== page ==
These few postings stood out because they were first; since then, so
many ads have been posted widely to Usenet that they just blur into useless noise,
called "spam" after a well-known Monty Python sketch in which a waitress offers
customers a long list of varying combinations of breakfast foods, always including
The immediate response to the "Green Card" posting was sheer fury on the part of
Netheads, who set off a kind of giant, Net-wide immune reaction to the thing,
flooding every newsgroup with complaining follow-up postings. The volume of
complaining email--estimated at 100Mb, roughly the equivalent of two hundred
copies of this book--to Canter and Siegel themselves and to the
system administrators at Internet Direct, their small Arizona ISP, crashed the
provider's servers repeatedly. By April 16, a posting was circulating that listed better
places to complain to, most of them offline: Canter's and Siegel's other email
addresses, their business street address, the state bar associations in Arizona and
Tennessee (where Canter and Siegel were licensed), their local newspapers, and
their congressman. Other proposals included faxing them a continuous loop of black
paper in the hope of burning out their fax machine.
In their book, Canter and Siegel say of these reactions which included email
flames, mail bombs (a mail bomb is a bombardment with massive amounts of email
or huge files), and phone calls, "We were absolutely amazed that there were
people who could become so distraught by the appearance of a simple message
on their computer screens." Further, "Certain individuals, mainly university students,
cared little who they hurt or how they lied. They wanted things their own way and
would trample over anyone to achieve that goal."
They didn't like the instructions offered in Netiquette (which they list fairly accurately), either--things like not advertising on the Net, reading a newsgroup for a couple of weeks before posting, and reading the newsgroup FAQs, all standard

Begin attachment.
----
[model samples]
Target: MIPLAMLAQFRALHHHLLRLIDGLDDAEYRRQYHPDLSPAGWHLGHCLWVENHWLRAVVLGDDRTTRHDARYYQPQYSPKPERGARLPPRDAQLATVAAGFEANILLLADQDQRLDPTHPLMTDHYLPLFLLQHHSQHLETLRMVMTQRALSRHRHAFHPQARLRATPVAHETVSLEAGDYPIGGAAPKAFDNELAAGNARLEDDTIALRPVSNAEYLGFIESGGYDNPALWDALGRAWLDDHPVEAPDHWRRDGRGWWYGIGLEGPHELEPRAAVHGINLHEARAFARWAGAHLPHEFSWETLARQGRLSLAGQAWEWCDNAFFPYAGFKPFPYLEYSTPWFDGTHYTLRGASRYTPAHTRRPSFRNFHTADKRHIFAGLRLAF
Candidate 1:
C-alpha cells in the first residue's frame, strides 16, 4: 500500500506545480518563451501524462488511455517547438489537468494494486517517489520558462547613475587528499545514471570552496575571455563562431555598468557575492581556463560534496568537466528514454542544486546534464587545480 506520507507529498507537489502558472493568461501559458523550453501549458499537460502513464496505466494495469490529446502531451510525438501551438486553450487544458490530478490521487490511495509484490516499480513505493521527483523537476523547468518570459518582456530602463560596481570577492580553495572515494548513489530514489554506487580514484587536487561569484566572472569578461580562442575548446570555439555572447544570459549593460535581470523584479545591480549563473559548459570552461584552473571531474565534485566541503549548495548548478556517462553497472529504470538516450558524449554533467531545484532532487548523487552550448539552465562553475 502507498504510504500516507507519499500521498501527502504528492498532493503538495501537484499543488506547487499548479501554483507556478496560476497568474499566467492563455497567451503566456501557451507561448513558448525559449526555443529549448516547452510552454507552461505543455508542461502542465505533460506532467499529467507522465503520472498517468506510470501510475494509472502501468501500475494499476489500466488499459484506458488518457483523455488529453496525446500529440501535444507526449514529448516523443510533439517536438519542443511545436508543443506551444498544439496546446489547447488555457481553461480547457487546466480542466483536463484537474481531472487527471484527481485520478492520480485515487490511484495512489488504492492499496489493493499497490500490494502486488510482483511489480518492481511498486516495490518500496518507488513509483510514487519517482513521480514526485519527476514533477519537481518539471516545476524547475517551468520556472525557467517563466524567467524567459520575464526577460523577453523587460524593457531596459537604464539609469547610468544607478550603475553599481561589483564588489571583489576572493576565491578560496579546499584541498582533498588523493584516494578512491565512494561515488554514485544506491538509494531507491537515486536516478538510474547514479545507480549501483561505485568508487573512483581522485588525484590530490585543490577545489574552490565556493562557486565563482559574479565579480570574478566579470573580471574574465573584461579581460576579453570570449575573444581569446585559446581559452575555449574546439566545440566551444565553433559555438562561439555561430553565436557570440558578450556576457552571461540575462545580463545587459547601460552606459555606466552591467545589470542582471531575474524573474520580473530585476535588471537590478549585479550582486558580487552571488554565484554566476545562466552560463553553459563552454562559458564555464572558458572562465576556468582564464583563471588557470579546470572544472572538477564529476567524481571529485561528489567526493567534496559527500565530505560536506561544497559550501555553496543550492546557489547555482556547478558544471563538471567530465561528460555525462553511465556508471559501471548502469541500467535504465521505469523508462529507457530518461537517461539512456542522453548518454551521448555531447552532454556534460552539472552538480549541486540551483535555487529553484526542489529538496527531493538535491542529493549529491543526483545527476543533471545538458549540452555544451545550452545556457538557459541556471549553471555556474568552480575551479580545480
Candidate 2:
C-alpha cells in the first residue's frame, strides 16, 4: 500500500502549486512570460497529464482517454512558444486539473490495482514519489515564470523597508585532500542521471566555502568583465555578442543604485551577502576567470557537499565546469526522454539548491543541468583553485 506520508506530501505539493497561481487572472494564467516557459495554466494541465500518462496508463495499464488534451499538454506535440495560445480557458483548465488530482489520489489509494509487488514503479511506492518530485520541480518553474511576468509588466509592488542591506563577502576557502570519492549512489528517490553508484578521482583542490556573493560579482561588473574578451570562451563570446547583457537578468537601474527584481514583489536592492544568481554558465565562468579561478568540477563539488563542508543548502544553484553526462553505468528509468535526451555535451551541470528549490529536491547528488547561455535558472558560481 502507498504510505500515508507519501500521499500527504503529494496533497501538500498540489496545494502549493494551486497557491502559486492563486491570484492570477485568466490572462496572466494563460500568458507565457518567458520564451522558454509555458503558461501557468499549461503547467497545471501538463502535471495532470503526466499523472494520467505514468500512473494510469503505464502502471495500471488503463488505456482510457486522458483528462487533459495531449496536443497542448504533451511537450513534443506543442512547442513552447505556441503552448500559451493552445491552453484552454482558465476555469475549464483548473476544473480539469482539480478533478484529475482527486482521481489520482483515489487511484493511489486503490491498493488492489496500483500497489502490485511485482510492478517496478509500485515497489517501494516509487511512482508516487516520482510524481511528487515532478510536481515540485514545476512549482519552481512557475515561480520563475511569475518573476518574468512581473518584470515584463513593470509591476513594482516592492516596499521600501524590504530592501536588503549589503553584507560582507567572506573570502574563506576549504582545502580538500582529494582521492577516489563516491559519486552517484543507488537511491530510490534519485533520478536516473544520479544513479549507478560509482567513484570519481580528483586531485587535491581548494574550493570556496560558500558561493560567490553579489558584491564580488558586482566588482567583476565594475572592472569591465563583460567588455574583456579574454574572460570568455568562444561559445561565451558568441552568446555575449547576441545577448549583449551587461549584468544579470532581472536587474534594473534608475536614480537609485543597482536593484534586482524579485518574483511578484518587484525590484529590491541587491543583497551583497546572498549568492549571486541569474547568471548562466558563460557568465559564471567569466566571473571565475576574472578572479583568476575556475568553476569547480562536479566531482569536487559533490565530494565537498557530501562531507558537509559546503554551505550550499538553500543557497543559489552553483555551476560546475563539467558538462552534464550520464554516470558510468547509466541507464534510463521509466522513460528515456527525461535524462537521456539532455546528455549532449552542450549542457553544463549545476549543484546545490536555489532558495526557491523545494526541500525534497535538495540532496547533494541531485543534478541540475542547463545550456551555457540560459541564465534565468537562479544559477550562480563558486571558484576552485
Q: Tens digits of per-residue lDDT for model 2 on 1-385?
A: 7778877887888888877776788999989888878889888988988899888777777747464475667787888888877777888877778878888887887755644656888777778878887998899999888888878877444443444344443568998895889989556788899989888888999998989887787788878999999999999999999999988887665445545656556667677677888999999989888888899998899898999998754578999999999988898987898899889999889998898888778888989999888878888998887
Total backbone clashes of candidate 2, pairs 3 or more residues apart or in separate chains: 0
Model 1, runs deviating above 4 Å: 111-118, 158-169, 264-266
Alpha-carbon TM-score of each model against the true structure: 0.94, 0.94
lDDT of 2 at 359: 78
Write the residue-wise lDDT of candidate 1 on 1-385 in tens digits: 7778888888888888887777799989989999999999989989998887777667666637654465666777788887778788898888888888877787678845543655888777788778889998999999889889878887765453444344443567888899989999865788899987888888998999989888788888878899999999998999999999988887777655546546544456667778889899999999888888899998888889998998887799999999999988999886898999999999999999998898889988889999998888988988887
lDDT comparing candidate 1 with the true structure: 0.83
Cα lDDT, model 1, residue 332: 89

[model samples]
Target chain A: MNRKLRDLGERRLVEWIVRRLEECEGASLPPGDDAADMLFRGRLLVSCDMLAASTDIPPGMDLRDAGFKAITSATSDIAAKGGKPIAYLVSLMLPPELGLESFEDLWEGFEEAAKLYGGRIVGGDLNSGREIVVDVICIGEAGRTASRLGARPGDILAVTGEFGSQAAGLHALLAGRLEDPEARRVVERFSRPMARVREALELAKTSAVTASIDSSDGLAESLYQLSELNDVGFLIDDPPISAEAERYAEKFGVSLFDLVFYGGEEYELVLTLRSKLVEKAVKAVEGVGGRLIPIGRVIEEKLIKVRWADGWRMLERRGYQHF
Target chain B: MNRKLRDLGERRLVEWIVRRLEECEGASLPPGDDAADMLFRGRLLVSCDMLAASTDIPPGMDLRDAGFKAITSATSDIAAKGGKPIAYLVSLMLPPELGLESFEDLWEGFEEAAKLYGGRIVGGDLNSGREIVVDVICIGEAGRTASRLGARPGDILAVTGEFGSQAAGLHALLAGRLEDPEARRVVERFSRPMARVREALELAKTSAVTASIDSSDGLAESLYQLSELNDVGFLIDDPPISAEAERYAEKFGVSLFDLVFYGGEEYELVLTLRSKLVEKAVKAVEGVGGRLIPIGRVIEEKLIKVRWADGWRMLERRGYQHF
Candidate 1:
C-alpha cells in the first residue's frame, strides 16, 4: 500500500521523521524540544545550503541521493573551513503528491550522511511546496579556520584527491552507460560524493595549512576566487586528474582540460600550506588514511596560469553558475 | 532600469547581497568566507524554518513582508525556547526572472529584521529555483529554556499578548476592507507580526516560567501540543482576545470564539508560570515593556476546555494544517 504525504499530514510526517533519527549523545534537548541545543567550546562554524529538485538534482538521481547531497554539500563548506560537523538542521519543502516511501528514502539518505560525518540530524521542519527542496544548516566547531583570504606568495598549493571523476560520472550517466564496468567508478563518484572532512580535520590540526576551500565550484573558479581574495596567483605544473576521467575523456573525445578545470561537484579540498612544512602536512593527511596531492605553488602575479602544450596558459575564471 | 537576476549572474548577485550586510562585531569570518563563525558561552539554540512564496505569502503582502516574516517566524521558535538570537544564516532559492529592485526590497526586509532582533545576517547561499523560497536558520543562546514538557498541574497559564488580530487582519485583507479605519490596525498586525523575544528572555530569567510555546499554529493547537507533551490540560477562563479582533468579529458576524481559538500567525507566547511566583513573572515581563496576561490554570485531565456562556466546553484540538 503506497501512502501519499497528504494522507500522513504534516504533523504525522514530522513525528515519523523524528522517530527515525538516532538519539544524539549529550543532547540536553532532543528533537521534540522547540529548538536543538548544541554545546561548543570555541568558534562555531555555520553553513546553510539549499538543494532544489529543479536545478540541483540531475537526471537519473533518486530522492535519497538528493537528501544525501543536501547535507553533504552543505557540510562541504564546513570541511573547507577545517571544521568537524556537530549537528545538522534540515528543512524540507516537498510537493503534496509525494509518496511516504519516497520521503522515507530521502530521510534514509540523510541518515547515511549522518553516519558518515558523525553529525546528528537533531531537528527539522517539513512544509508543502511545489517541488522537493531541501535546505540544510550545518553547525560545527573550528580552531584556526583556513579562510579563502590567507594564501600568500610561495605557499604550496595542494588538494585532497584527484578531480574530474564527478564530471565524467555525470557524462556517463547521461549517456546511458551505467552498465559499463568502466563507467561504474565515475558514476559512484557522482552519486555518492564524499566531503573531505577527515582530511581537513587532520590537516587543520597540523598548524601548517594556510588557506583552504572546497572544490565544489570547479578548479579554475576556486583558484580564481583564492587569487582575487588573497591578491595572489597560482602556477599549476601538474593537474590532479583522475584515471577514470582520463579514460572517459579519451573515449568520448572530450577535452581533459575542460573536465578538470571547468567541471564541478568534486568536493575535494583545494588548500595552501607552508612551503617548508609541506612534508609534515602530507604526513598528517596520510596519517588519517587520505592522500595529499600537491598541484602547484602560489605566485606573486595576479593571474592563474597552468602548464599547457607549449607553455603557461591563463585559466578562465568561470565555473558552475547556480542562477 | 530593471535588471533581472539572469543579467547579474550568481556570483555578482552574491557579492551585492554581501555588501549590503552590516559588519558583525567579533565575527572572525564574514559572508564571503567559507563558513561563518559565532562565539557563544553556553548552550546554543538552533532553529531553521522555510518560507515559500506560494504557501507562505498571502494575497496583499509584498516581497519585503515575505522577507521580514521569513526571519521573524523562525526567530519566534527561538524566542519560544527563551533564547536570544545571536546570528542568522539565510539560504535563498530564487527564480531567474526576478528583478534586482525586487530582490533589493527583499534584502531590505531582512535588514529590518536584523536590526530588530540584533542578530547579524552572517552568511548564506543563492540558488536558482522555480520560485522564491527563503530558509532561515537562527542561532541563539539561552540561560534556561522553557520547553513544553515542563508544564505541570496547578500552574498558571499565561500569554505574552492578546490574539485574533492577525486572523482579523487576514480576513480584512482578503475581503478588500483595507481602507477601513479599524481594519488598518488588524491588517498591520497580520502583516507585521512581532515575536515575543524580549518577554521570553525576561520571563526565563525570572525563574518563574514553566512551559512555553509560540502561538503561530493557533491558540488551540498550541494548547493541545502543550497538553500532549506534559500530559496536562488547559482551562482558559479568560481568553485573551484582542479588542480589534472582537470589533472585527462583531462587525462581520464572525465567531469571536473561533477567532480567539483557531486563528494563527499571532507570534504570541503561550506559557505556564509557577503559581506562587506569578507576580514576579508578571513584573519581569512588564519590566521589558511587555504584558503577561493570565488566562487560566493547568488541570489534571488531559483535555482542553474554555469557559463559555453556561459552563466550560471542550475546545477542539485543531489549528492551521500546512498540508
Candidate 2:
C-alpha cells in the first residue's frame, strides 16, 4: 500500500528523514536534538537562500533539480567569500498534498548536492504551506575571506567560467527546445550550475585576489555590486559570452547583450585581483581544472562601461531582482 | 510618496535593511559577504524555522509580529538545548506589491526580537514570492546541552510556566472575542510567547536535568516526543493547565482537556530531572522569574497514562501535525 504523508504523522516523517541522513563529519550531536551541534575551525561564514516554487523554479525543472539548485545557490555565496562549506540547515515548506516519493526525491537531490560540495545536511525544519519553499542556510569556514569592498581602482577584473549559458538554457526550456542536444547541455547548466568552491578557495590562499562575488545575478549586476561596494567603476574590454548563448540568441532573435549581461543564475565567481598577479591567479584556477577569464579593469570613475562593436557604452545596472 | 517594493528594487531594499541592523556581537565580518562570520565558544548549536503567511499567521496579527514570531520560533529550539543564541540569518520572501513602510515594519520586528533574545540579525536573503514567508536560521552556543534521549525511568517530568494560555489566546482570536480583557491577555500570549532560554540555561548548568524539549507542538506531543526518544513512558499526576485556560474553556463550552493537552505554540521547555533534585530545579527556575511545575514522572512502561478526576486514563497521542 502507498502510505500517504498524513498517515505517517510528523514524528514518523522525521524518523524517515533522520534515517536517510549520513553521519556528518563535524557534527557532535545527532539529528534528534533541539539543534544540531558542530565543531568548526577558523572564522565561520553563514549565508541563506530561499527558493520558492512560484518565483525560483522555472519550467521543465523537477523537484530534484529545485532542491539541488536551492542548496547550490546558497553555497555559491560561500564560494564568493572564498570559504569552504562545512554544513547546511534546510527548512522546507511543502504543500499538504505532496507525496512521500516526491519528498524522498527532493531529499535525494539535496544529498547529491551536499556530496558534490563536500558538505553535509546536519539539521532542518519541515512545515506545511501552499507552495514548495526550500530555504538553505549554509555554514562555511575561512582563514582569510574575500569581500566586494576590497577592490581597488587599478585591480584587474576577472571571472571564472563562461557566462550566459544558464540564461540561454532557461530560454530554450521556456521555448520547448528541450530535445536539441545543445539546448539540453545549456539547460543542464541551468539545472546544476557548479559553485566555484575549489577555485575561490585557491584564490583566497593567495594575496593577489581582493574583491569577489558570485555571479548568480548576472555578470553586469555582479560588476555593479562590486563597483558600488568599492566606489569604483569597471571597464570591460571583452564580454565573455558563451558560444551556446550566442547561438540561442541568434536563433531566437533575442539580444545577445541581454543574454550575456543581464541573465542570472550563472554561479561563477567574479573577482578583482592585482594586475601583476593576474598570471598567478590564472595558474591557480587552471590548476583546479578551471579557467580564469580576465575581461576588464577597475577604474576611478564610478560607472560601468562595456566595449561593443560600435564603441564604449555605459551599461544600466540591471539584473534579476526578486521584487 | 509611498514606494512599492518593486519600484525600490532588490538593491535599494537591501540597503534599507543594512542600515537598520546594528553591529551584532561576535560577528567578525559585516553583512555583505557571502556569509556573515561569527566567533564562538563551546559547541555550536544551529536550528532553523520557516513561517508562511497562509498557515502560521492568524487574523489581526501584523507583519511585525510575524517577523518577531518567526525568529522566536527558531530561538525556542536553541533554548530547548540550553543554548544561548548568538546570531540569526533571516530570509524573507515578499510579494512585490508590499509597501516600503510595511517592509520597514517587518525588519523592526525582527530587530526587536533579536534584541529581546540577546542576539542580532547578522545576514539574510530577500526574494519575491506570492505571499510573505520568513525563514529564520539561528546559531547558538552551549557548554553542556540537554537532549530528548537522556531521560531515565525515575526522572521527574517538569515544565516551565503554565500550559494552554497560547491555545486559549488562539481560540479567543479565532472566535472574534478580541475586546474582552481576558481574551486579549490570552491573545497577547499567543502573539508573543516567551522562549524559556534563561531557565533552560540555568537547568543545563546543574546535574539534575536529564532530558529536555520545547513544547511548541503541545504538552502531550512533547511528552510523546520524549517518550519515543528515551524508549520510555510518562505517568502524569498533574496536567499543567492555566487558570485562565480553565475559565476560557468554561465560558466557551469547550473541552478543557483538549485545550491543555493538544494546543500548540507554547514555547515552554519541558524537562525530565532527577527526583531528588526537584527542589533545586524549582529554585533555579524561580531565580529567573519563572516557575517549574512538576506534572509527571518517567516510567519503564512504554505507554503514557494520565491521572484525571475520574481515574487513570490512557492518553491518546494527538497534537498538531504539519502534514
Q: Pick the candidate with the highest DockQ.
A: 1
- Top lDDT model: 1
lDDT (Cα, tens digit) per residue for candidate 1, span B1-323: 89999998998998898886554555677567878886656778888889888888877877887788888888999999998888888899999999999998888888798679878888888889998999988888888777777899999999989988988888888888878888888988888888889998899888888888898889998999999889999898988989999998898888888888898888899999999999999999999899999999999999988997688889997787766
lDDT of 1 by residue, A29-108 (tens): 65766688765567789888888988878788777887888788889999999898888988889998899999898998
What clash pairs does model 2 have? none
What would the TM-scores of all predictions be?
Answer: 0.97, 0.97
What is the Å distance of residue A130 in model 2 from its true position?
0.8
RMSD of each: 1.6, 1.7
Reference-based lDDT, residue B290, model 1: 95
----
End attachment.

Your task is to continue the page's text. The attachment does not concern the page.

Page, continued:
advice given to newbies, as the Net calls newcomers. If you had to worry about
that much every time you opened your mouth in the real world, you would probably
never say anything at all," they complain. "It is equally true that if everyone to
whom you spoke criticized your behavior for failing to follow all these rules, there
would be more fist fights than conversations. The arrogant tone here is not hard to
But this is not just a social problem. Do some arithmetic. If you save the Green
Card posting in a text file, it takes up approximately 1.5Kb of disk space. Multiply
that by 10,000 for the estimated number of newsgroups to which it was posted, and
you get something like 15Mb of data coursing around the arteries of the Internet
and washing up onto servers worldwide like a large, fatty deposit. At the time, a
typical home computer was considered well endowed if it had 100Mb of disk space,
and all of Usenet was estimated at roughly 40Mb daily after more than a decade of
phenomenal growth--in 1988 it was running at only about 4Mb per day.
Canter and Siegel appear not to regard this as a valid argument. They complain,
"What we did find difficult to grasp was why these people were wasting everybody's
time trying to inject themselves into matters that didn't concern them."
In a chapter on crime on the Net they paint themselves as net.saviors: "we'd
like to offer you a not-so-practical reason for seeking your fortune on the I-way:
Cyberspace needs you.... Like the Old West with which analogies are often drawn,
Cyberspace is going to take some taming before it is a completely fit place for
people like you and me to spend time," they tell all those nice, normal people they
want to help get rich, concluding, "The only thing that remained with us and does
so until this day is the unshakable conviction that the Net community is the last
bunch on earth who have the right to tell anyone else how to behave."
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